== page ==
emInformation courtesy of the a href=”http://www.eia.gov/totalenergy/data/annual/perspectives.cfm”U.S. Energy Information Agency/a./em

  • Wood – 22 Percent

    Timber accounts for nearly a quarter of all renewable energy created in the country. a href=”http://news.nationalgeographic.com/news/energy/2012/10/121022-wood-for-heating/”Rising energy costs /ahave led to an upswing in wood burning over the past decade, and nearly a href=”http://www.eia.gov/forecasts/steo/report/winterfuels.cfm”20 percent of New England homes /ause wood for heating, according to a National Geographic report.

    Although it may be a cheaper alternative, wood burning stoves and fireplacesa href=”http://www.epa.gov/burnwise/energyefficiency.html” release more emissions of fine particles /a than other home heating methods, according to the EPA. Burning a href=”http://www.epa.gov/burnwise/bestburn.html”good wood in an efficient burner/a lowers toxic emissions and lost energy. Oh, and always have working smoke and carbon monoxide detectors handy.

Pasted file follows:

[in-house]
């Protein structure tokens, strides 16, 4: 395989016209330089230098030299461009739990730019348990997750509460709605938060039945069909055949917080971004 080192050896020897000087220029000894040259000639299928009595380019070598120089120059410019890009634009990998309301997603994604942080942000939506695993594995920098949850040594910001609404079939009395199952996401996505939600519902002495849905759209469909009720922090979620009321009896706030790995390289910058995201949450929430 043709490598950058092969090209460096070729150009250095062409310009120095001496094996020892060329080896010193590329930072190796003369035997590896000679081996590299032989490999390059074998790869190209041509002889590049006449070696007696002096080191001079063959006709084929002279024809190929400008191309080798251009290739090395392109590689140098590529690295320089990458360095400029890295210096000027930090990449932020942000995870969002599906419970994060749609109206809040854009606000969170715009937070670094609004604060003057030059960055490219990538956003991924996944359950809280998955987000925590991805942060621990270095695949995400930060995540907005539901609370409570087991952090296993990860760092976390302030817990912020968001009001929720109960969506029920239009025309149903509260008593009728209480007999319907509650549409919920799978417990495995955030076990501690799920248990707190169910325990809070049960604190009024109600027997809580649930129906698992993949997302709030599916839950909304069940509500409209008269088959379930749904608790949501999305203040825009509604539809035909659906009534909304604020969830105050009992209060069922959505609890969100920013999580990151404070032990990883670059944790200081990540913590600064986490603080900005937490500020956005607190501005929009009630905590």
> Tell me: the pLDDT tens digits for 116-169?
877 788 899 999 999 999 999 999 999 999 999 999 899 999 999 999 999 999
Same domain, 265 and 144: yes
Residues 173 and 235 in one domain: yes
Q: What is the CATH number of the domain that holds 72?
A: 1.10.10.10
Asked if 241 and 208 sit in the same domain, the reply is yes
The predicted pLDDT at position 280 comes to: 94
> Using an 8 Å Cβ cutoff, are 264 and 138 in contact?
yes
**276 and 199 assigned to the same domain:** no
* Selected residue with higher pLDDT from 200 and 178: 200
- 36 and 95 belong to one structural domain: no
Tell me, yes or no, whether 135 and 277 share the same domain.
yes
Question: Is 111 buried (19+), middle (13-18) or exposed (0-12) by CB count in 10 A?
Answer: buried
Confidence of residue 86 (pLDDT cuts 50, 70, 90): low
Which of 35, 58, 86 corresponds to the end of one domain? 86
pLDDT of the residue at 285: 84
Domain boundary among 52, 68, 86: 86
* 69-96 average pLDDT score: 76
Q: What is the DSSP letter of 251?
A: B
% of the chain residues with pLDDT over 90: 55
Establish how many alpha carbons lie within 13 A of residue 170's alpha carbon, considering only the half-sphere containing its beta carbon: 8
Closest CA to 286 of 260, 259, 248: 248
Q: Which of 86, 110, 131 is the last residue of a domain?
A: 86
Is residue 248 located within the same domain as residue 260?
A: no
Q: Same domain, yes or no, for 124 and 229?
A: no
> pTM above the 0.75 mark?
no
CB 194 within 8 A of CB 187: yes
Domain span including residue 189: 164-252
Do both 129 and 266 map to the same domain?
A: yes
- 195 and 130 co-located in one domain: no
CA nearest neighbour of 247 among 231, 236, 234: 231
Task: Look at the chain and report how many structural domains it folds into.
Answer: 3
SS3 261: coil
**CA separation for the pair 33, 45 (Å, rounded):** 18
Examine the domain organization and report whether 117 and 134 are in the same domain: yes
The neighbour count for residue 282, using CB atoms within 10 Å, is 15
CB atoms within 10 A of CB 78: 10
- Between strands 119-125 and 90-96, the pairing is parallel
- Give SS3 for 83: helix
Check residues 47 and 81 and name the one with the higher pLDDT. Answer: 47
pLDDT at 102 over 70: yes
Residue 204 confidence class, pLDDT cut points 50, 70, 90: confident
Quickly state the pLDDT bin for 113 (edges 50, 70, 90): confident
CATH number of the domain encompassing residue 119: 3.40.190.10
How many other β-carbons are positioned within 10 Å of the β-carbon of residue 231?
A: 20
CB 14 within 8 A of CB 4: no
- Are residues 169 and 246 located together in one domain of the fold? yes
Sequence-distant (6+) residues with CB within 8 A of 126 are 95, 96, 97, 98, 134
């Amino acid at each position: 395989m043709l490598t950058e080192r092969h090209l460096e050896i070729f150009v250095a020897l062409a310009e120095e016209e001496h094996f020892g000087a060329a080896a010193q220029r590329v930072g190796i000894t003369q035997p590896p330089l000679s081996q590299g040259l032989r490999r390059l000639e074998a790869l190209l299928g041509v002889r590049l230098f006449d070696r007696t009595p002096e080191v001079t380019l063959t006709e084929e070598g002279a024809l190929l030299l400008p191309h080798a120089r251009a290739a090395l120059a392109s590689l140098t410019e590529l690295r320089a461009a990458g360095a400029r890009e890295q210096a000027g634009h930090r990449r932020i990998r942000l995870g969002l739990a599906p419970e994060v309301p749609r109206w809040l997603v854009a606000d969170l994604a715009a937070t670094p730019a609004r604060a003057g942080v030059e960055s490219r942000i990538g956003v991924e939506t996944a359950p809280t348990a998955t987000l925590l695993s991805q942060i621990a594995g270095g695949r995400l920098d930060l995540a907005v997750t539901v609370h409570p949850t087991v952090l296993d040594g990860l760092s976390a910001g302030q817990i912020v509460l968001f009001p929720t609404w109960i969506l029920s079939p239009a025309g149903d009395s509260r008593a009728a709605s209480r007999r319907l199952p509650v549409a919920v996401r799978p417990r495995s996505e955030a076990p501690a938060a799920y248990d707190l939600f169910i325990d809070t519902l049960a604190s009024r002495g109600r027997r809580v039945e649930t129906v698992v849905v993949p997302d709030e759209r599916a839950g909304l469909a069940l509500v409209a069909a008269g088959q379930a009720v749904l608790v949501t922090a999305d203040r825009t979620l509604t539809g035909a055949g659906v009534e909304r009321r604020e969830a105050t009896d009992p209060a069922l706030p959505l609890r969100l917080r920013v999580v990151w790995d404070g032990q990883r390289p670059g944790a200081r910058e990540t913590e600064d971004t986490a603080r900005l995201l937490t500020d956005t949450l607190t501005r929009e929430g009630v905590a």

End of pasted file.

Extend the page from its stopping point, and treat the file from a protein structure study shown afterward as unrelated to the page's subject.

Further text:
emInformation courtesy of the a href=”http://www.eia.gov/totalenergy/data/annual/perspectives.cfm”U.S. Energy Information Agency/a./em

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    In 2011, 8 percent of all power created in the U.S. came from hydroelectric sources, but it’s also one of the most geographically dependent sources of energy. The Pacific Northwest gets more than half of all power via hydroelectric due to prime geography.

    emInformation courtesy of the a href=”http://www.eia.gov/totalenergy/data/annual/perspectives.cfm”U.S. Energy Information Agency/a./em